Mark Smotherman. Last updated February 2001.
9-wide "superinstruction" - one branch, 4 integer, 4 FP ops
two tag bigs on each 64-bit memory word: empty/full and wait/no-wait
based on research by Herb Sullivan and Ted Bashkow at Columbia University, which started in 1987
CHoPP Computer Corporation was incorporated in January 1979; renamed to ANTs with focus on OLTP software in February 1999.
(Bruce Lightner and Val Popescu worked on CHoPP and went on to establish Metaflow in 1985.)
selections from CHoPP section in Jack J. Dongarra and Iain S. Duff, "Advanced Architecture Computers," http://www.netlib.no/netlib/papers/advarch
Sullivan Computer Corporation
La Jolla, California
Lee Higbee, VP Research
The computer is under development by Sullivan Computer Corporation. The single processor is claimed to be several times faster than current supercomputers and will not require special coding techniques such as those required for vector processors, hypercubes, or other highly-parallel systems. The machine under current development is the Demonstration Unit (DU), a single processor version of the CHoPP 1. The CHoPP 1 will include up to 16 parallel processors. The features listed below highlight some features of the DU.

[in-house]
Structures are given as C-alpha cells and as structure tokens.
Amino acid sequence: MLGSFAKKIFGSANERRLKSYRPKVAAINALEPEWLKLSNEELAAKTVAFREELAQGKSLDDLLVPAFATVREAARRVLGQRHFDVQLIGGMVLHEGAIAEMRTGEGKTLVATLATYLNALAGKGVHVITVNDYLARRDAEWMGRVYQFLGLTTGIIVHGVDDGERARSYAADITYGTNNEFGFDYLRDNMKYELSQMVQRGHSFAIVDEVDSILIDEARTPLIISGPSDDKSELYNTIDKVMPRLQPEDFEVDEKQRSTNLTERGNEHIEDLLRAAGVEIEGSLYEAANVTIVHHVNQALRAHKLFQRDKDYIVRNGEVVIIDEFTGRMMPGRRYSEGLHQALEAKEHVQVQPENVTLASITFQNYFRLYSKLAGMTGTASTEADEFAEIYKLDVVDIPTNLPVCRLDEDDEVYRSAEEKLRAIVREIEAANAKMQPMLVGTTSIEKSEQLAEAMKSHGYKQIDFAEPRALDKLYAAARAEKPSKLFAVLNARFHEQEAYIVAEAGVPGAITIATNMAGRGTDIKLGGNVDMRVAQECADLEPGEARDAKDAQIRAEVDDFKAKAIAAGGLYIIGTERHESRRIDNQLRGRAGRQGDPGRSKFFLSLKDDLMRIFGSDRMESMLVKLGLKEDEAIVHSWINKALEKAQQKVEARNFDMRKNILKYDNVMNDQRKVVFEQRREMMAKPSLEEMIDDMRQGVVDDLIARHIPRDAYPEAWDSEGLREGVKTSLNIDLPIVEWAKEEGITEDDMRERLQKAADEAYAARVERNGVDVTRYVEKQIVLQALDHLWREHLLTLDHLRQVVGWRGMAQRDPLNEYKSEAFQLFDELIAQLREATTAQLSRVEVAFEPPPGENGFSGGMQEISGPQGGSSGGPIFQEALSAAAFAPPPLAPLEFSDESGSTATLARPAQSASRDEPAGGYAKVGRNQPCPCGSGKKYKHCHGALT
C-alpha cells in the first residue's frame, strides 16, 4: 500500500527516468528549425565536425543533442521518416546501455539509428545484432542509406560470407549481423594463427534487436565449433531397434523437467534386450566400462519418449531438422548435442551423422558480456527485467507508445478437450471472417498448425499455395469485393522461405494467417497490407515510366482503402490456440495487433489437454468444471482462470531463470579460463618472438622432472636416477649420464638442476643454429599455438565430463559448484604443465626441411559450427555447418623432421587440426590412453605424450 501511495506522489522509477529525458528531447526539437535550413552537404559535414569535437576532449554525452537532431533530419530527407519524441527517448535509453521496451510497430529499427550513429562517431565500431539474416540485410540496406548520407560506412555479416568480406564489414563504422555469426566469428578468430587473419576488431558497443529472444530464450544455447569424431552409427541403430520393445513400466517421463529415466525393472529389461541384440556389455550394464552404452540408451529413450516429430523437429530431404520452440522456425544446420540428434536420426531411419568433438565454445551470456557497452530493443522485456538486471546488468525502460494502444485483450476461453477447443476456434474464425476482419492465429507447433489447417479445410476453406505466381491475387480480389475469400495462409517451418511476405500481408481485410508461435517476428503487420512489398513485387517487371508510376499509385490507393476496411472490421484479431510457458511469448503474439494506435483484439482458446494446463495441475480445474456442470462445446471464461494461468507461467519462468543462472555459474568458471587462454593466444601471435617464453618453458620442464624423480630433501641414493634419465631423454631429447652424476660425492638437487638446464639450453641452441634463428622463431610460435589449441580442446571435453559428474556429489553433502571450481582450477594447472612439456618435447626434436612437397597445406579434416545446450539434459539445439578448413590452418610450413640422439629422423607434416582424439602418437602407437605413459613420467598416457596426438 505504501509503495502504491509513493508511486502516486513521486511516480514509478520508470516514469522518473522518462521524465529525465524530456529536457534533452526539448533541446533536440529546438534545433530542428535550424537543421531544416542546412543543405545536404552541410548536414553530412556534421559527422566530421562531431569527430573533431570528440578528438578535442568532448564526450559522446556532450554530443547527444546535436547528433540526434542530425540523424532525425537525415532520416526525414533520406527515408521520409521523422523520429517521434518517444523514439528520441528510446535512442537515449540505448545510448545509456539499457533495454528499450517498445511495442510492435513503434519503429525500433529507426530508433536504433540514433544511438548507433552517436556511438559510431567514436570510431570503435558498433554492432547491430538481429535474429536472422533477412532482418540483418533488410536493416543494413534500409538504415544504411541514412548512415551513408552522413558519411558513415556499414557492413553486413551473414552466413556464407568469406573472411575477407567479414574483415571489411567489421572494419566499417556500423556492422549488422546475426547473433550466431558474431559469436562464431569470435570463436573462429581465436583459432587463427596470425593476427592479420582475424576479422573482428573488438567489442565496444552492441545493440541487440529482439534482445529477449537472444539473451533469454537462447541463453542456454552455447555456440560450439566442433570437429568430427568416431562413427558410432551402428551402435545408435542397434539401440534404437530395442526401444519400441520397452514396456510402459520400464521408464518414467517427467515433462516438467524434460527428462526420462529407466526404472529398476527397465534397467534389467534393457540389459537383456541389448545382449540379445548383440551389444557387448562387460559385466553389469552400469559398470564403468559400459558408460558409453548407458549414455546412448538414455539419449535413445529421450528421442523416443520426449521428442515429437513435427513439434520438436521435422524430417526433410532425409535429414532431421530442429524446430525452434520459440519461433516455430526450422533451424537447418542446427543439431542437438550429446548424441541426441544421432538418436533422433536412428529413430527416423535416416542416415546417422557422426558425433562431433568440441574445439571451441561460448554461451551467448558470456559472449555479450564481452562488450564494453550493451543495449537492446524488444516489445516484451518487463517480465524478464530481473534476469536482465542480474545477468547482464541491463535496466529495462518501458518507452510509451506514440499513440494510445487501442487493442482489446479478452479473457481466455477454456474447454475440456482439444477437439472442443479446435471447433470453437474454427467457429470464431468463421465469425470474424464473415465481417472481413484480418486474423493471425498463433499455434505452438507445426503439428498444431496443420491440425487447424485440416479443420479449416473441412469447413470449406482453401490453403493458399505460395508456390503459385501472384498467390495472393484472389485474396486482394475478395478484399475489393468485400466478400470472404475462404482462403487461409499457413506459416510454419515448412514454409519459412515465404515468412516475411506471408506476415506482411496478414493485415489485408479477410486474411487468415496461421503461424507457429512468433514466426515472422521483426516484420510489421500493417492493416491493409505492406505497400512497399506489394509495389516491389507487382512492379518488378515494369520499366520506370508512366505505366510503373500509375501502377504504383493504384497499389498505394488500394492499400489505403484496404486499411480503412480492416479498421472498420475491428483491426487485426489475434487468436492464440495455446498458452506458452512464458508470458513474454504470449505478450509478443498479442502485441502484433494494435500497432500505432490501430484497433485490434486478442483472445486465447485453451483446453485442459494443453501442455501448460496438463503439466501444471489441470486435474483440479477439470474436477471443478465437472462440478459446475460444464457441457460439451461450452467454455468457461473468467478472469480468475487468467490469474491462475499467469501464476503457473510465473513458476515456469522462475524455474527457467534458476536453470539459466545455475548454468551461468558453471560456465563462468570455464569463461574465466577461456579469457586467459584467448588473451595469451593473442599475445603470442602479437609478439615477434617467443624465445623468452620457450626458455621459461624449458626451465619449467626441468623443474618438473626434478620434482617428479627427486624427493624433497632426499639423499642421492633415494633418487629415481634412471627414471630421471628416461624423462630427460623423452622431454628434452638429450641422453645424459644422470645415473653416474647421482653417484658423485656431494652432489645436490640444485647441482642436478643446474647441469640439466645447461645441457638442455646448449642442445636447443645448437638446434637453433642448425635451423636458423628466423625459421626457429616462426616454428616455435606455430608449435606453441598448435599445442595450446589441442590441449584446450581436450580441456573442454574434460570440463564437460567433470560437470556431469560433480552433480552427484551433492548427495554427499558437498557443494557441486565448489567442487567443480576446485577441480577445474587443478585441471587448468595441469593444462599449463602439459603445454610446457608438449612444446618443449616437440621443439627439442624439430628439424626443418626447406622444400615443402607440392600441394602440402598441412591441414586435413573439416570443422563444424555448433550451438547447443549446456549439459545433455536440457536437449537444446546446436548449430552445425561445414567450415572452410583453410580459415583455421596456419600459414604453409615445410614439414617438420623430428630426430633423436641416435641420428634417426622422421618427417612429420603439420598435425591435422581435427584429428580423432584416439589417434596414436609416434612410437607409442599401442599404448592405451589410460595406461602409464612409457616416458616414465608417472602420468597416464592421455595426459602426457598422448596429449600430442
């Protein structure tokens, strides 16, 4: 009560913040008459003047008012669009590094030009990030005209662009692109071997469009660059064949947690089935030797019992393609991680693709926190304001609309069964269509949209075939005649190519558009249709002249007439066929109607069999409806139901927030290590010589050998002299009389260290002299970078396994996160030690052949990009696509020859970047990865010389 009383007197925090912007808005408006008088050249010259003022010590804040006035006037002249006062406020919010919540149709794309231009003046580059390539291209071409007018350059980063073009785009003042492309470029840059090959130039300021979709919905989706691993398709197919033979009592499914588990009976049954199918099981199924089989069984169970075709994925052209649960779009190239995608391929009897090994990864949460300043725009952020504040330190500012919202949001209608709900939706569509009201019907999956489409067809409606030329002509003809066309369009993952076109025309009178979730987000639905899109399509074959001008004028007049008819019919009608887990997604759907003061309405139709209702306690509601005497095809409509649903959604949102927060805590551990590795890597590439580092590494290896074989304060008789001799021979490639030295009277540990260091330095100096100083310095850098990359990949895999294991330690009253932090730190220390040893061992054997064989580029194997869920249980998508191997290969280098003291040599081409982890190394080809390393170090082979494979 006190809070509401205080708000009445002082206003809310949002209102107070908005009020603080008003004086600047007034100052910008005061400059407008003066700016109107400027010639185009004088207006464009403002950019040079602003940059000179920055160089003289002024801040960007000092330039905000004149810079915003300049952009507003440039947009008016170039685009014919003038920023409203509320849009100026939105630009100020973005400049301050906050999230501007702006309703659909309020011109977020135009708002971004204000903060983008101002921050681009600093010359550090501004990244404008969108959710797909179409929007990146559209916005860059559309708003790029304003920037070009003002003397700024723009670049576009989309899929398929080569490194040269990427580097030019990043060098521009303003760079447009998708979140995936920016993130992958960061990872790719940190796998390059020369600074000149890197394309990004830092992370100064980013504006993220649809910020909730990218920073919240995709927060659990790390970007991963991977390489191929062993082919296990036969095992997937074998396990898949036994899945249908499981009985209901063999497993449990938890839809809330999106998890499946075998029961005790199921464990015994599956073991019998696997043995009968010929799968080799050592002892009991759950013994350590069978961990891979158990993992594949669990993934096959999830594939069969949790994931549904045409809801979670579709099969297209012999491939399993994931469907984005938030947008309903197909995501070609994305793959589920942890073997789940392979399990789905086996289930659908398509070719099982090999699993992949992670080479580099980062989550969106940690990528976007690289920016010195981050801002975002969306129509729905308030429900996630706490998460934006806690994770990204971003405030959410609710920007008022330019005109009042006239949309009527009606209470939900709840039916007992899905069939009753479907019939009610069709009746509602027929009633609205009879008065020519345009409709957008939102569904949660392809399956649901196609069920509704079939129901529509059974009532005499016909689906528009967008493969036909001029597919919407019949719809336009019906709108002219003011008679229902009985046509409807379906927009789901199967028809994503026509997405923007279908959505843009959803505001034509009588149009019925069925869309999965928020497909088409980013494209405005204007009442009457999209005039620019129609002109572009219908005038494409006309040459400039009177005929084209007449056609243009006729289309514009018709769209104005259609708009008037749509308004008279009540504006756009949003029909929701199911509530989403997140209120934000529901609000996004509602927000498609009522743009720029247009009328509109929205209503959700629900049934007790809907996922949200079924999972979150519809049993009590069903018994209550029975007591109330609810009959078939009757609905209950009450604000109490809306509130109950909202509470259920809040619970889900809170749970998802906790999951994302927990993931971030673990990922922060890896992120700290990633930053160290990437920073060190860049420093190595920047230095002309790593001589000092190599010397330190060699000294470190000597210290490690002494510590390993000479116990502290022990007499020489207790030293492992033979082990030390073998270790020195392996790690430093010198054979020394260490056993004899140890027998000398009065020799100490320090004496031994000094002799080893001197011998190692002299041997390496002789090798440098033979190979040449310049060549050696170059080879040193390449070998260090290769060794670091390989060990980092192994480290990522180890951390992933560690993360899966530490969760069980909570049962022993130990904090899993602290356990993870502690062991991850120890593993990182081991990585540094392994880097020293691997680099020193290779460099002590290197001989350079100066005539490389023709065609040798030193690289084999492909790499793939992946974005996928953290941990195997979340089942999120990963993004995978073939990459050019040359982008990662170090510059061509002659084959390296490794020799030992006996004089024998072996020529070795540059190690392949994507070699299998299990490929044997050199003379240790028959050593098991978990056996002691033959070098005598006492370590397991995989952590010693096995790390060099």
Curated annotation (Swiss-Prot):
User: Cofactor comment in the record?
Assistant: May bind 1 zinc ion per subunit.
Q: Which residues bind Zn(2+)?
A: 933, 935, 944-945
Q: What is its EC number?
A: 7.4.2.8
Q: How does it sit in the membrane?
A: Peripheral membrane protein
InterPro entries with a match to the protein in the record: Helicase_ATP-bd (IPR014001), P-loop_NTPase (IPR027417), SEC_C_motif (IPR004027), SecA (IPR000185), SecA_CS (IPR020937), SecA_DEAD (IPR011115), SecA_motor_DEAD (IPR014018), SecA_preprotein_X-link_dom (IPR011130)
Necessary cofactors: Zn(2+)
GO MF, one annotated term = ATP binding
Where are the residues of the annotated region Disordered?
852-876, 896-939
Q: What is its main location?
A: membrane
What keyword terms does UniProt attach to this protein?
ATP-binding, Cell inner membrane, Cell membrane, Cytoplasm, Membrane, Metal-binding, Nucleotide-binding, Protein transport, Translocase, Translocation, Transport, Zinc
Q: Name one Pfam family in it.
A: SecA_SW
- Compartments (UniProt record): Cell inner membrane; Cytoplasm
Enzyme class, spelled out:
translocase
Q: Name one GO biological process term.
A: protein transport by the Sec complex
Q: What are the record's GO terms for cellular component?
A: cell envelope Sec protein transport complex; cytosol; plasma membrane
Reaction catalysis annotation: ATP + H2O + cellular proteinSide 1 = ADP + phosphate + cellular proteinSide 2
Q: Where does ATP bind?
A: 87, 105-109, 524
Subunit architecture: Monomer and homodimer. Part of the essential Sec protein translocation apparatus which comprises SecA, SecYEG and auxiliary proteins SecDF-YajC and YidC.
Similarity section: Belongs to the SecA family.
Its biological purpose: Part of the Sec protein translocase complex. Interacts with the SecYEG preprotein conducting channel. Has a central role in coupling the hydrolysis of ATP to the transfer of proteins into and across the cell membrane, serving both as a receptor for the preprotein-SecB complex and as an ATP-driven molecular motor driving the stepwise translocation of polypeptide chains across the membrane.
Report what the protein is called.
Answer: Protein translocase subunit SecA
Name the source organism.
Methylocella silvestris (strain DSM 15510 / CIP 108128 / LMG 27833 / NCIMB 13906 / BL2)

... Four address arithmetic and logic units (ALUs) and four computational functional units, each an ALU and floating point unit, support the 8 concurrent computations in each superinstruction. A zero delay branch is the ninth executable instruction. The central processing unit has multiple register sets to support many tasks in concurrent execution (multiprogramming).
... On the Livermore Loops, the DU is expected to perform over two times the CRAY X-MP.
... The machine is small and air cooled; it is compatible with most computer environments; it does NOT require special cooling systems. Much of the lowest level of the Operating System is in hardware, providing much lower O/S overhead.
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